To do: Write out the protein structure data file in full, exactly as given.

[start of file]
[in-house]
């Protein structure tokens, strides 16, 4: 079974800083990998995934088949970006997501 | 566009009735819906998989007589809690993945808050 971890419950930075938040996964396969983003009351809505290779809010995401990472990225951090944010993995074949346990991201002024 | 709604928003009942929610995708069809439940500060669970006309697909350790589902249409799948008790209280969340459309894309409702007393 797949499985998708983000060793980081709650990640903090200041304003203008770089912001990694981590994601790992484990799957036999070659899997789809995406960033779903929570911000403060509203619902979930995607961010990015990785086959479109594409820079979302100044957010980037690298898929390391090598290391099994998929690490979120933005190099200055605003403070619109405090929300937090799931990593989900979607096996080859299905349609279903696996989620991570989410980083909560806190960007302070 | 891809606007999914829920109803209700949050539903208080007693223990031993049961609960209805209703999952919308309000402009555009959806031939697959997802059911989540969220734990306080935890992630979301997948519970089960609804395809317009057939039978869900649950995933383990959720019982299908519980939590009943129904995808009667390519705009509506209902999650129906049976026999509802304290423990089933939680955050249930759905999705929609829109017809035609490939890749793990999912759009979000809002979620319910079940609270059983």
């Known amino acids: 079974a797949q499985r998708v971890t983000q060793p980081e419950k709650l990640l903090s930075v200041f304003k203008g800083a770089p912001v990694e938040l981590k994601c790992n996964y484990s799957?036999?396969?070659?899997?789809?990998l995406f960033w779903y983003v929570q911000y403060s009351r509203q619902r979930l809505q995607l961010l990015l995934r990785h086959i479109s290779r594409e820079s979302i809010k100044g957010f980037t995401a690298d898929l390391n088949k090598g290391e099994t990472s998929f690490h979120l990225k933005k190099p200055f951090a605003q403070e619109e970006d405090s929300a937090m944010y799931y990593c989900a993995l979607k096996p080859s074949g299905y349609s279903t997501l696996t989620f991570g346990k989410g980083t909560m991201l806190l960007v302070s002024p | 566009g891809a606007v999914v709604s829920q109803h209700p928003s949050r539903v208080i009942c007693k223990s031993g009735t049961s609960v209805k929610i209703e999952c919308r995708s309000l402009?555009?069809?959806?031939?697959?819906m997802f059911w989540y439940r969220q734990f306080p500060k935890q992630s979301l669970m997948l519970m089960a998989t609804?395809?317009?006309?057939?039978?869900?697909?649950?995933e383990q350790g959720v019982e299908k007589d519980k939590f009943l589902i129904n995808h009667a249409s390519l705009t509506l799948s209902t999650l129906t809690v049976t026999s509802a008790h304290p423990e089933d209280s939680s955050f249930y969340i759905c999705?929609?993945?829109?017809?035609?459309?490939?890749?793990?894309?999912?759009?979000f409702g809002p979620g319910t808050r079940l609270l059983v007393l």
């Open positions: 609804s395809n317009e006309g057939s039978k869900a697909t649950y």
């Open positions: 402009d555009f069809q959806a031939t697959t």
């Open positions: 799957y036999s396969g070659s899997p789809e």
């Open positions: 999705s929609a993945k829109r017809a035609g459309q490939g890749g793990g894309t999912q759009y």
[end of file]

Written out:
[in-house]
């Protein structure tokens, strides 16, 4: 079974800083990998995934088949970006997501 | 566009009735819906998989007589809690993945808050 971890419950930075938040996964396969983003009351809505290779809010995401990472990225951090944010993995074949346990991201002024 | 709604928003009942929610995708069809439940500060669970006309697909350790589902249409799948008790209280969340459309894309409702007393 797949499985998708983000060793980081709650990640903090200041304003203008770089912001990694981590994601790992484990799957036999070659899997789809995406960033779903929570911000403060509203619902979930995607961010990015990785086959479109594409820079979302100044957010980037690298898929390391090598290391099994998929690490979120933005190099200055605003403070619109405090929300937090799931990593989900979607096996080859299905349609279903696996989620991570989410980083909560806190960007302070 | 891809606007999914829920109803209700949050539903208080007693223990031993049961609960209805209703999952919308309000402009555009959806031939697959997802059911989540969220734990306080935890992630979301997948519970089960609804395809317009057939039978869900649950995933383990959720019982299908519980939590009943129904995808009667390519705009509506209902999650129906049976026999509802304290423990089933939680955050249930759905999705929609829109017809035609490939890749793990999912759009979000809002979620319910079940609270059983």
């Known amino acids: 079974a797949q499985r998708v971890t983000q060793p980081e419950k709650l990640l903090s930075v200041f304003k203008g800083a770089p912001v990694e938040l981590k994601c790992n996964y484990s799957?036999?396969?070659?899997?789809?990998l995406f960033w779903y983003v929570q911000y403060s009351r509203q619902r979930l809505q995607l961010l990015l995934r990785h086959i479109s290779r594409e820079s979302i809010k100044g957010f980037t995401a690298d898929l390391n088949k090598g290391e099994t990472s998929f690490h979120l990225k933005k190099p200055f951090a605003q403070e619109e970006d405090s929300a937090m944010y799931y990593c989900a993995l979607k096996p080859s074949g299905y349609s279903t997501l696996t989620f991570g346990k989410g980083t909560m991201l806190l960007v302070s002024p | 566009g891809a606007v999914v709604s829920q109803h209700p928003s949050r539903v208080i009942c007693k223990s031993g009735t049961s609960v209805k929610i209703e999952c919308r995708s309000l402009?555009?069809?959806?031939?697959?819906m997802f059911w989540y439940r969220q734990f306080p500060k935890q992630s979301l669970m997948l519970m089960a998989t609804?395809?317009?006309?057939?039978?869900?697909?649950?995933e383990q350790g959720v019982e299908k007589d519980k939590f009943l589902i129904n995808h009667a249409s390519l705009t509506l799948s209902t999650l129906t809690v049976t026999s509802a008790h304290p423990e089933d209280s939680s955050f249930y969340i759905c999705?929609?993945?829109?017809?035609?459309?490939?890749?793990?894309?999912?759009?979000f409702g809002p979620g319910t808050r079940l609270l059983v007393l």
């Open positions: 609804s395809n317009e006309g057939s039978k869900a697909t649950y």
């Open positions: 402009d555009f069809q959806a031939t697959t």
């Open positions: 799957y036999s396969g070659s899997p789809e």
């Open positions: 999705s929609a993945k829109r017809a035609g459309q490939g890749g793990g894309t999912q759009y």